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Charlie Chaplin

One hundred years ago, at the pinnacle of his career in the guise of his best-known character ‘the Little Tramp’, Charlie Chaplin was the most famous person in the world.
Born in 1889, Chaplin was raised in poverty in London. The child of actors —one alcoholic, the other mentally unstable— he first discovered his talent as a performer at age five. Stepping in for his ill mother on the vaudeville stage, he sang a popular song amidst a shower of coins from an appreciative audience. In 1908, Chaplin was picked up by Fred Karno Repertoire Company to perform as a drunk in a sketch. Karno had a big influence on Chaplin as it was he who placed emphasis on pathos in clowning.
Chaplin was invited to tour with the company to the US in 1910.
Chaplin did not like Keystone’s pictures, but he realised their publicity value. His first film with them, Making a Living, was a flop. He played his character too aggressively and argued with the director Henry Lehman, resulting in most of his scenes being cut. In 1913, Chaplin was asked by a desperate Sennett to bring comedy to a film entitled Mabel’s Strange Predicament.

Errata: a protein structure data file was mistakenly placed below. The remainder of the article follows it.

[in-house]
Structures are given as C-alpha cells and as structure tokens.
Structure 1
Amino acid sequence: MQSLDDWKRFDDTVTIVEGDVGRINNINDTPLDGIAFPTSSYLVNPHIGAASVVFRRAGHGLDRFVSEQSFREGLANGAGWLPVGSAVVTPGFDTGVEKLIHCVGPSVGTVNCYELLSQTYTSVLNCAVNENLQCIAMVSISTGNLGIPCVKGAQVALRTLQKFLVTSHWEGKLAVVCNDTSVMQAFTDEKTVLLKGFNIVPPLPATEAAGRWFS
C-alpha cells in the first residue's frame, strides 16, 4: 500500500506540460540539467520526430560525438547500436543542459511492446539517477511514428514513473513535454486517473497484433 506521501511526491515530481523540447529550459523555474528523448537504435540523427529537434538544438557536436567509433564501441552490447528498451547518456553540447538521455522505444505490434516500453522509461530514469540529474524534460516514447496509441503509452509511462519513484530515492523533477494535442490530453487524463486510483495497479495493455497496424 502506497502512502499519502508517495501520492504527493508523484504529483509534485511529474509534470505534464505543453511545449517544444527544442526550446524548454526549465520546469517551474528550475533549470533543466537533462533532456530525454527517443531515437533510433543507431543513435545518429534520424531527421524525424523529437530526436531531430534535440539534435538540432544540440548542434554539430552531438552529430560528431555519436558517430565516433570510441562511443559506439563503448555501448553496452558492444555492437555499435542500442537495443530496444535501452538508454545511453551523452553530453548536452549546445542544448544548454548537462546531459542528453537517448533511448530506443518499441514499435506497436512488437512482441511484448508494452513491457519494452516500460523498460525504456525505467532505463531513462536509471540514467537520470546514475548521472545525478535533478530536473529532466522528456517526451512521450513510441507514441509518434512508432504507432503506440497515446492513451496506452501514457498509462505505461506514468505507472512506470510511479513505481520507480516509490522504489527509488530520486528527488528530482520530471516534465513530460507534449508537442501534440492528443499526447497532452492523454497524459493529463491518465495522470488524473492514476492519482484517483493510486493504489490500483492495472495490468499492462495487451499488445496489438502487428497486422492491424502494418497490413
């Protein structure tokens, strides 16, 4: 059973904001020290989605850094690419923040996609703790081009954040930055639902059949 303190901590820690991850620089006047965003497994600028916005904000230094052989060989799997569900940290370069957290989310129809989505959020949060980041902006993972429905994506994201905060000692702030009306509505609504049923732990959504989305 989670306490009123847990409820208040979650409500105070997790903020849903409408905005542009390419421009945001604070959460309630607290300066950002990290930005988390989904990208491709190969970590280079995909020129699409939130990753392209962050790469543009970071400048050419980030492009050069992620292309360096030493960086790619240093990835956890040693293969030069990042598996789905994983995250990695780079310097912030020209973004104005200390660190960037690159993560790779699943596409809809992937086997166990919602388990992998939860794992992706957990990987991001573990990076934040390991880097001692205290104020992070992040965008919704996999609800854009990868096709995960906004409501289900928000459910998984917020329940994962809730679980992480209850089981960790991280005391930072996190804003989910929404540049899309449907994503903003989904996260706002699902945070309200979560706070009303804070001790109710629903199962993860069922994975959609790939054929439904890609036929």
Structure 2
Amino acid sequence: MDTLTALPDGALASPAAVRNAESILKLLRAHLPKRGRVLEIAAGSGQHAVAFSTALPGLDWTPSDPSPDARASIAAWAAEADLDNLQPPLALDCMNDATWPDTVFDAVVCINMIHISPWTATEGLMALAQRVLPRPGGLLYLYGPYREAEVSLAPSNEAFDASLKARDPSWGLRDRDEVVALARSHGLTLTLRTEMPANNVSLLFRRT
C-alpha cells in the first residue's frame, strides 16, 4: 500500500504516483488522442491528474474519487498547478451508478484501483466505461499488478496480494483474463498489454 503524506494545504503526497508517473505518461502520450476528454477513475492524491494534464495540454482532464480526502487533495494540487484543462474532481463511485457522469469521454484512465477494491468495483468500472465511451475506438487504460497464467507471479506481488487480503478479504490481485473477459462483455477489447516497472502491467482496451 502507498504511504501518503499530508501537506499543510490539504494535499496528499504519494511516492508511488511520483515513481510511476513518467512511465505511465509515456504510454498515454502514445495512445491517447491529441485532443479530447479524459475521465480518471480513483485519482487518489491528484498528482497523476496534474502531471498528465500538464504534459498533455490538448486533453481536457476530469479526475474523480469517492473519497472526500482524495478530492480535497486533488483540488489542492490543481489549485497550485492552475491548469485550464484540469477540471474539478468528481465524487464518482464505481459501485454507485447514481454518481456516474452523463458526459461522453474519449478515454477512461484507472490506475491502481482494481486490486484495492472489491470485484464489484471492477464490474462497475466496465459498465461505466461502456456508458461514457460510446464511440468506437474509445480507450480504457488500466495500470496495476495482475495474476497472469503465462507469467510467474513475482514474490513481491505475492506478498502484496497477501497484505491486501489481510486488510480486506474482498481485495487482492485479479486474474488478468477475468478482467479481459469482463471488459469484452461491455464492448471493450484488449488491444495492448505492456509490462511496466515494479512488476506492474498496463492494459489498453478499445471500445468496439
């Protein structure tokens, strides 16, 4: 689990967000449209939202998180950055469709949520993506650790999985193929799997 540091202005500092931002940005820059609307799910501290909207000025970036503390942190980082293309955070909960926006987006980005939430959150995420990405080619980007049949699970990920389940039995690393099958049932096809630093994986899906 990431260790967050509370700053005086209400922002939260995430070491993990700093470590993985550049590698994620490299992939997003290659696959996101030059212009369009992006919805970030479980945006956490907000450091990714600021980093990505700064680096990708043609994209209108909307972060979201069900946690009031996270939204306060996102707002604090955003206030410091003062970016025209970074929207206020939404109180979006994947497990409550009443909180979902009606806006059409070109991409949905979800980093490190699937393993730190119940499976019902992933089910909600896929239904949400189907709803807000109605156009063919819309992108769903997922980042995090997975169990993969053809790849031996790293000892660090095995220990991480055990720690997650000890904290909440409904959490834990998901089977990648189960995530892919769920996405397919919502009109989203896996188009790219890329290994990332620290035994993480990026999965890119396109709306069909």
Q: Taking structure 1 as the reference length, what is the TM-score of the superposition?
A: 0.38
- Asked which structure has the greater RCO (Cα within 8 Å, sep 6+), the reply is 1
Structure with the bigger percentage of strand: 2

Chaplin threw on what he called “a contradiction” of clothing: enormous shoes and trousers, a small Derby hat, and, to age him, a tiny moustache. He returned to the set to perform, and the crew laughed so much that Chaplin knew he had hit on something. In his subsequent film, Kid Auto Races at Venice (1914), his immortal screen alter ego, the Little Tramp, really took off.